Scotland rejects independence in historic referendum

September 19, 2014 6:33 am
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Pro-Union supporters celebrate as Scottish referendum polling results are announced at the Royal Highland Centre in Edinburgh, Scotland, on September 19, 2014/AFP
Pro-Union supporters celebrate as Scottish referendum polling results are announced at the Royal Highland Centre in Edinburgh, Scotland, on September 19, 2014/AFP
EDINBURGH, Scotland, Sept 19 – Scotland has rejected independence in a referendum that leaves the United Kingdom intact but opens the door to wider autonomy following a huge turnout, preliminary results showed Friday.

The “No” camp was ahead by 55.42 percent to 44.58 percent for the “Yes” camp with 31 out of 32 local areas counted.

“No” campaigners across Scotland cheered as the results came in, while “Yes” activists watched dejected and in tears.

The outcome dashes the hopes of the hundreds of thousands of Scots who voted to break away on Thursday in an unprecedented vote that ignited debate about governance in Britain but will reassure those worried about the economic risks of a break-up.

The financial markets rewarded the result with the pound rising against the dollar on the currency markets.

“We know that there’s going to be a majority for the ‘No’ campaign,” pro-independence First Minister Alex Salmond said in Edinburgh.

“Scotland has by majority decided not, at this stage, to become an independent country,” he said.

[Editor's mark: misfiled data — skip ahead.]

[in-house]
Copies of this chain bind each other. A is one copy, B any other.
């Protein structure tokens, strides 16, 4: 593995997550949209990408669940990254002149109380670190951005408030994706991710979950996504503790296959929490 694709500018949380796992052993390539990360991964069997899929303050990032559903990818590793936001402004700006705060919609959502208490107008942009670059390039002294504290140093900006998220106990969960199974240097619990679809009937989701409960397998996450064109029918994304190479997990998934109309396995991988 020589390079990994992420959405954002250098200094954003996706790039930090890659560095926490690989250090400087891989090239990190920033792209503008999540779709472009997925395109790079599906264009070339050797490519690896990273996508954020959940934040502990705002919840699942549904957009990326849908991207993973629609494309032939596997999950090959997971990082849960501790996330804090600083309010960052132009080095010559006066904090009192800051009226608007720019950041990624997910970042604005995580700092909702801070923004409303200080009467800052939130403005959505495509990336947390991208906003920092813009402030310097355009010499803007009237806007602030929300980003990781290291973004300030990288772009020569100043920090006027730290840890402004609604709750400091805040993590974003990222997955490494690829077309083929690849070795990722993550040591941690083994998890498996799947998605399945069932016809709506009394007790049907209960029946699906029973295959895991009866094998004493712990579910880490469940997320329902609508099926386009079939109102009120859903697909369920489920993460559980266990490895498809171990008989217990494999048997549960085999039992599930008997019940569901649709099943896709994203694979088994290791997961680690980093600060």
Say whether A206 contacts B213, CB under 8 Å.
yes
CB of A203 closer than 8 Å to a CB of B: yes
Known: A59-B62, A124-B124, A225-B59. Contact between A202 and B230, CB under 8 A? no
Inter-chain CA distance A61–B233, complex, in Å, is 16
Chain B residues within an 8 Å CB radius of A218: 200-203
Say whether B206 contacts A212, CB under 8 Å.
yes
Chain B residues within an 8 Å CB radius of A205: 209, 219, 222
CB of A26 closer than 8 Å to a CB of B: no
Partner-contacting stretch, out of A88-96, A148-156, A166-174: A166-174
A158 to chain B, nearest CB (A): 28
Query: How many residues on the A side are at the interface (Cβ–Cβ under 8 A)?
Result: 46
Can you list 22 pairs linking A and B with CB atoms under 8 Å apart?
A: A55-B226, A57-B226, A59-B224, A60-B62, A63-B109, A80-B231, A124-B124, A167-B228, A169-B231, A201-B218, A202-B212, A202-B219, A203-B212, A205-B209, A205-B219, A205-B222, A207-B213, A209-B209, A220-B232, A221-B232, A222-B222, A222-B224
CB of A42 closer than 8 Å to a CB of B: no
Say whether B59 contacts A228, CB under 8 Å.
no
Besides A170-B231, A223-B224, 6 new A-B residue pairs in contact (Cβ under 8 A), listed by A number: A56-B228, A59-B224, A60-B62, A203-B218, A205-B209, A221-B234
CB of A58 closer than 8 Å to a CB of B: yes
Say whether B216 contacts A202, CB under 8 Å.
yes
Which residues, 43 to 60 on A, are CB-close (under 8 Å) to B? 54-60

The result is a blow to the ambitions of a political lifetime for Salmond, although the strong result for the “Yes” leaves open the possibility of another bid for independence in future.

– ‘Well-fought campaign’ –

There were some big wins for the “Yes” campaign, including Sturgeon’s home city of Glasgow, but the margin was not enough to mitigate a flood of “No” votes across Scotland.

The indication was that better-off and rural areas had voted “No” while urban centres and poorer parts voted “Yes”.

The “Yes” camp had been behind by a huge margin for months but in the past fortnight enjoyed a surge in support in the opinion polls. In the end, it did not materialise.

“Clearly the ‘No’ side has won,” said polling expert John Curtice, a professor of politics at Strathclyde University.

The vote would have brought to an abrupt end a union with England stretching back to 1707 and has been closely watched around the world, giving heart to separatist movements from Catalonia in Spain to Quebec in Canada.

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